According to several studies, lack of sleep can lead to mental and cognitive illnesses, especially in early stages of life such as childhood and adolescence .
LatinAmerican Post | Christopher Ramírez
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According to an article from the American Academy of Pediatrics (AAP ), children of ages 6 to 12 should sleep a total of 9 to 12 hours a day, which should include any naps they may or may not take throughout the day. For their part, adolescents between the ages of 13 and 18 should do it between 8 and 10 hours a day.
Now, what the experts say is one thing and what is seen in real life is quite another. The truth is that, on many occasions, variables such as sex, socioeconomic level and puberty status of adolescents can have an impact on the way they sleep and, most importantly, the full time in which they do it. Insomnia in adolescents is increasing more and more.
According to a study published in The Lancet, "children of the latest generation often report getting less sleep" than they really should. For those in charge of this research, it was crucial to know, beyond whether children and adolescents were sleeping poorly or well, what was the effect of their sleep time on their cognitive abilities and mental health.
"In this study (...) we obtained data from a population-based sample of children aged 9 to 10 years from 21 US study sites," they explain in the specialized article.
Thus, after two years of research and analysis (2018-2020), it was possible to conclude that lack of sleep among minors can not only lead to fatigue, but this in turn would have consequences for their learning and health. In this sense, negative consequences on the mind were found, such as depression; as well as on thought and crystallized intelligence (breadth and depth of a person's acquired knowledge).
Similar results were shown by a study published in the academic journal ScientiAmericana, which focused specifically on the "relationship between sleep quality and indicators of anxiety and depression."
In this case, the research was carried out in South America, specifically with 100 adolescent students from a public school in Capiatá, Paraguay, and yielded the following results:
- 78% of the students analyzed were considered "bad sleepers", which increased the population number of adolescents with mental problems (minimal or high).
- Therefore, it is not uncommon for the study to report that 76% of the students had anxiety, while 52% had some degree of depression. In both cases, the diseases could be shown from a mild degree to a more serious one.
- In addition, it was recorded that lack of sleep, although it does not present radically opposite figures between men and women, does act more severely among female students. "Statistically significant differences were observed between these two groups with respect to the indicators of anxiety and depression, in both cases the women scored higher," explains the study.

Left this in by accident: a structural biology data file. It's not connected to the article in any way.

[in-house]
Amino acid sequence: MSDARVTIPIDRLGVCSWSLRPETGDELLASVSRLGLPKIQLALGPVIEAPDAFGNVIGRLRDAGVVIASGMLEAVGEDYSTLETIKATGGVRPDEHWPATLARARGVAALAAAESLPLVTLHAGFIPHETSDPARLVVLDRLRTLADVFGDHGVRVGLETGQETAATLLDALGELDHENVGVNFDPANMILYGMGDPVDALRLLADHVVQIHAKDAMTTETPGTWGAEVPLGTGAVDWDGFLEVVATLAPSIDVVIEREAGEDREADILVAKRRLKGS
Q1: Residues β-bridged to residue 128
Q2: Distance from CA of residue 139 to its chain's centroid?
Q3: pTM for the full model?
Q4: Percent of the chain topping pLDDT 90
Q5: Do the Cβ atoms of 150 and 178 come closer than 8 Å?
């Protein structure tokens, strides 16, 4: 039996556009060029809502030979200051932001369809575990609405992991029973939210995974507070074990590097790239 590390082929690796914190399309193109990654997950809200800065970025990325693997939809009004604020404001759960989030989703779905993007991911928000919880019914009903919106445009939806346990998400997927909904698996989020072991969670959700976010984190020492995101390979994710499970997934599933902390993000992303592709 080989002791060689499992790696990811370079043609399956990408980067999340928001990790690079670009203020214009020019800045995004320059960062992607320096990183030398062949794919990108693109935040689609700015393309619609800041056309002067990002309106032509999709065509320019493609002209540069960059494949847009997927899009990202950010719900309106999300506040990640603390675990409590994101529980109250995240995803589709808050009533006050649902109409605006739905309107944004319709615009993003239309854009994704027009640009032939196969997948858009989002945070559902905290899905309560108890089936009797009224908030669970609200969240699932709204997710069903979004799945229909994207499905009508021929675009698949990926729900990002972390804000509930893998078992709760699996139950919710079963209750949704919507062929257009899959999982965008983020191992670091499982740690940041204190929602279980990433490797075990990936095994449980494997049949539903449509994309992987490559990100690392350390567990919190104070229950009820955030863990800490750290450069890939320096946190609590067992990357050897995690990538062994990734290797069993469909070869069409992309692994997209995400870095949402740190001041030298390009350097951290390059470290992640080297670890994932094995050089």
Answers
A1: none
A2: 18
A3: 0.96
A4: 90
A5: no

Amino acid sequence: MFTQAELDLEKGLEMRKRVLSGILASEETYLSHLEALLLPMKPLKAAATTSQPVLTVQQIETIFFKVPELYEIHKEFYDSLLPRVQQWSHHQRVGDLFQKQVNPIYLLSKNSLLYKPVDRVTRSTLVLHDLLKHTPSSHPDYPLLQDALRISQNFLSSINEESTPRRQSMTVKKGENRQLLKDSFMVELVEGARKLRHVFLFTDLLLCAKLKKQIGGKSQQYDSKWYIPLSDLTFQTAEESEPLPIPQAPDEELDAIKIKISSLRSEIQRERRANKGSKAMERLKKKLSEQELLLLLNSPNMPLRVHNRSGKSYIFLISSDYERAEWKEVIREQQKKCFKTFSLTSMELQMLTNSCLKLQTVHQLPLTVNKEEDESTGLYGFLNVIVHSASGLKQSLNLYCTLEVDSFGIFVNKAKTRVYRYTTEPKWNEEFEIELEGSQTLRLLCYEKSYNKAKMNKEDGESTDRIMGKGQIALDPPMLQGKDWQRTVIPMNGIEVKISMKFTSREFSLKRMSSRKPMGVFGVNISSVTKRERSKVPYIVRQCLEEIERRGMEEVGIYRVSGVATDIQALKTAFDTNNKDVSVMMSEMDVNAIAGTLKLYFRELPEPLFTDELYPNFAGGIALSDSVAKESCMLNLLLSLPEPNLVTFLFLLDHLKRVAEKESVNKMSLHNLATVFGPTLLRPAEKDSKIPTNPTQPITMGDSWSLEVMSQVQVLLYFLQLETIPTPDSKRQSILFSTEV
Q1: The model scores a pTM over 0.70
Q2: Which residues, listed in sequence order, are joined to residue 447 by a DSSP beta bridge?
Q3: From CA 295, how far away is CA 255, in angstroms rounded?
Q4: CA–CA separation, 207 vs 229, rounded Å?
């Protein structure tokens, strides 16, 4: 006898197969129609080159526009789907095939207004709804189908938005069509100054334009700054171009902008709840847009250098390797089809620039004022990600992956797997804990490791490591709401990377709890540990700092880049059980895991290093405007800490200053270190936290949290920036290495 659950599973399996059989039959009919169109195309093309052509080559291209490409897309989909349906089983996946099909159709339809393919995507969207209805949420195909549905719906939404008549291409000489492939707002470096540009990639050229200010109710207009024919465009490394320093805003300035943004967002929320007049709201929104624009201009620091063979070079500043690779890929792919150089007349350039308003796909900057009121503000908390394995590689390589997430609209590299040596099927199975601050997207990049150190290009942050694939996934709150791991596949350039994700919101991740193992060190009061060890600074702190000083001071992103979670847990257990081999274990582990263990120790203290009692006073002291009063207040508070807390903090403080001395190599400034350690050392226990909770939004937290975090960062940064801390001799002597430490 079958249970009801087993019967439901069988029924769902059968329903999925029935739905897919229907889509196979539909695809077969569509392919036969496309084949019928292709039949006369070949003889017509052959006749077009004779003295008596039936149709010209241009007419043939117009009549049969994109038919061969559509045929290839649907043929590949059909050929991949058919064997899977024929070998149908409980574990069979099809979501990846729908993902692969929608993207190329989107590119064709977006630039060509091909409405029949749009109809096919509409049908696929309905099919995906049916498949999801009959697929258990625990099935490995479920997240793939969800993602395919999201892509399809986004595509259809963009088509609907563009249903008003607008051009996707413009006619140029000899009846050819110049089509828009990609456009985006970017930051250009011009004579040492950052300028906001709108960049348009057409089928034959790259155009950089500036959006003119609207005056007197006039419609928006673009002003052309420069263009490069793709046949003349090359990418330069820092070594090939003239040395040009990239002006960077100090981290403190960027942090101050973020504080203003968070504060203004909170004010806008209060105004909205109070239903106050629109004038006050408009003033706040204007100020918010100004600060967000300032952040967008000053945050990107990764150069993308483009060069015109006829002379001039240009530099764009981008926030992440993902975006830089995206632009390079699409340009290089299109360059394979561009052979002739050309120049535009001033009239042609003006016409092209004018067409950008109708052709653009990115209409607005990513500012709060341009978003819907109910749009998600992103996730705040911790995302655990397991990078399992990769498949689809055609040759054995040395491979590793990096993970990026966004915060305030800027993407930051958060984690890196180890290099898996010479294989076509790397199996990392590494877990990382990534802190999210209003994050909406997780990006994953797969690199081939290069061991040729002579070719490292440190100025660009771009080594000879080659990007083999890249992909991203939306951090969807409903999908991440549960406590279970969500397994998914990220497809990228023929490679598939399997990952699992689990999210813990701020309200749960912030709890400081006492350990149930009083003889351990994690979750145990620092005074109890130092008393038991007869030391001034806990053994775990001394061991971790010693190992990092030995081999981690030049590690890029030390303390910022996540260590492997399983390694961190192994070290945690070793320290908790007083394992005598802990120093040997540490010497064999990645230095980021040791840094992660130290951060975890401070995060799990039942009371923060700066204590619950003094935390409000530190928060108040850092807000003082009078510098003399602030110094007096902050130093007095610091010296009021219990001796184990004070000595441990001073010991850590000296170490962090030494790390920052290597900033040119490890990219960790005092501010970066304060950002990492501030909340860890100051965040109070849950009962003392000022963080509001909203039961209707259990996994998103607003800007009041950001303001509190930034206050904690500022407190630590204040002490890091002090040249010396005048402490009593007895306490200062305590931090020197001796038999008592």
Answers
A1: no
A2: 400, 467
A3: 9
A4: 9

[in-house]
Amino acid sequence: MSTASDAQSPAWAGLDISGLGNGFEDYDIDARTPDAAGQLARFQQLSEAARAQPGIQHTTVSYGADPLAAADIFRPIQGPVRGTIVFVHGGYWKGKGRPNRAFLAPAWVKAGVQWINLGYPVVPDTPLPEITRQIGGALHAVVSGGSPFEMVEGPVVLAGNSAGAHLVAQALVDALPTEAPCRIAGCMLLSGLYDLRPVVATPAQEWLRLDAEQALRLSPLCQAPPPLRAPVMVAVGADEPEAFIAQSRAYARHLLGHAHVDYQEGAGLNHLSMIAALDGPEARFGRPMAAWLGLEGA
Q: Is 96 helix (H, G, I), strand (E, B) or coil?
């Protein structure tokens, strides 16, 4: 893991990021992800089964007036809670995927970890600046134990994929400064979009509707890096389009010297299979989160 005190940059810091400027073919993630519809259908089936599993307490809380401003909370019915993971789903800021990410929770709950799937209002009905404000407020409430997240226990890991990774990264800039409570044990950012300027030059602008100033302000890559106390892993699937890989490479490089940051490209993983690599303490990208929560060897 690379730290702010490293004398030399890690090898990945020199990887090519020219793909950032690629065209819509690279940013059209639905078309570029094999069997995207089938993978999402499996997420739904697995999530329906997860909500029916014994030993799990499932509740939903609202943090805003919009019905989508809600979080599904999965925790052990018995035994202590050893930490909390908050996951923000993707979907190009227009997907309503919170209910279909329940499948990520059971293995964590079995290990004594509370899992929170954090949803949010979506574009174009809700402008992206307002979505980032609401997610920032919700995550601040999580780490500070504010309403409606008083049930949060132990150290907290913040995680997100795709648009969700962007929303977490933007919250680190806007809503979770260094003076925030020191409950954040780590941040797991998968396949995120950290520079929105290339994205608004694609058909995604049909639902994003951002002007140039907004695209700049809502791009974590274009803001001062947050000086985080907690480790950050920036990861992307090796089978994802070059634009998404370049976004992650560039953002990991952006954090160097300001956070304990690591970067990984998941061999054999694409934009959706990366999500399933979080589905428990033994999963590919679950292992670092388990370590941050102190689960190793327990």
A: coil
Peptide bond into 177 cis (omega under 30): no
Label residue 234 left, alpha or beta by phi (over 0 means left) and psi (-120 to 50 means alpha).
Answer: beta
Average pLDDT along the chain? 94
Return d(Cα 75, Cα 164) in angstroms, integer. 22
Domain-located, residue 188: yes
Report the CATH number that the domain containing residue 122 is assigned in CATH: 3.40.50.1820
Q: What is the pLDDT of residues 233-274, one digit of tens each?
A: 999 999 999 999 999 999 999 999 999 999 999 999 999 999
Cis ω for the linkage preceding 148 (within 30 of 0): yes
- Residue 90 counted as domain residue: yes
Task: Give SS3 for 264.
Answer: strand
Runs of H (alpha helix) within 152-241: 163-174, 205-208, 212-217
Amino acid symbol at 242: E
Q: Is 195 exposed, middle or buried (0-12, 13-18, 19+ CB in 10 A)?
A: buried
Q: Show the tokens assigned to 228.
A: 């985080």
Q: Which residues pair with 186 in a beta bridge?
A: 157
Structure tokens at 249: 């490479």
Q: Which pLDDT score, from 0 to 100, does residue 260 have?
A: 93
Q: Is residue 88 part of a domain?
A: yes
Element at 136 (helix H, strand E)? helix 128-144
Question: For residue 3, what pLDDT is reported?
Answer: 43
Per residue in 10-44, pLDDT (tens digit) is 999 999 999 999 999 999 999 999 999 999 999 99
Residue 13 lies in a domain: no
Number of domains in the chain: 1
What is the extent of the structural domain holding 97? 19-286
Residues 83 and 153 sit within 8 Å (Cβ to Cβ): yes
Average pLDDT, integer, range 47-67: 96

Finally, the researchers were able to conclude what could have been known from the beginning, even before starting the study: "poor sleep quality can be considered a risk factor for the appearance of indicators of anxiety and depression in adolescents ”.
What are the main problems of adolescents at bedtime?
Another study that can provide clarity on the relationship between lack of sleep and mental and cognitive health problems is the "Prevalence of sleep disorders in children and adolescents", published by the Juan N. Corpas University Foundation in Colombia .
According to this research, which took as a population sample "2,548 children and adolescents between the ages of 5 and 19, from public, private, urban and rural educational institutions located in Bogotá, Chía and Boyacá (Colombia)", at least 76% of respondents have sleep disorders.
However, the study also shows that this figure increases according to the age of the respondents, especially in populations that live in high socioeconomic strata or in the city.
However, this report not only contributes to the understanding of the consequences of lack of sleep, but also to the causes that lead children and adolescents to not comply with the recommended schedule.
You can also read: Infographic: Keys to Avoid and Cure Insomnia
Among the main reasons are:
- 50% of those surveyed "do not have a bedtime and do not sleep enough" , either due to school obligations to which they must respond, or anxiety derived from factors such as "fear of the dark, having nightmares or to be victims of small hypnagogic illusions and to be carried away by their imagination. They prefer to carry out other activities that prevent them from complying with a suitable time to go to sleep.
- In addition, there is the negative impact that frequent and indiscriminate use, hours and even minutes before going to sleep, of electronic devices such as cell phones, televisions, computers, consoles, among others, has on the state of sleep . According to the study, at least 52% of children and adolescents said they have problems in the duration, quality and efficiency of sleep whenever they have interacted with these devices just before going to bed.
- There is also adolescent insomnia, that is, continuous episodes of waking up during the night, with a prevalence of 16%.
- Finally, it was reported that 11% said they had physical pathologies that prevent them from breathing normally and therefore prevent them from having a good sleep. Among the most important are rhinitis and asthma. "Because it is related to other sleep disorders, it is recommended that the companions of children and young people observe their sleep patterns to show the presence of snoring and make an adequate diagnosis," concludes this research.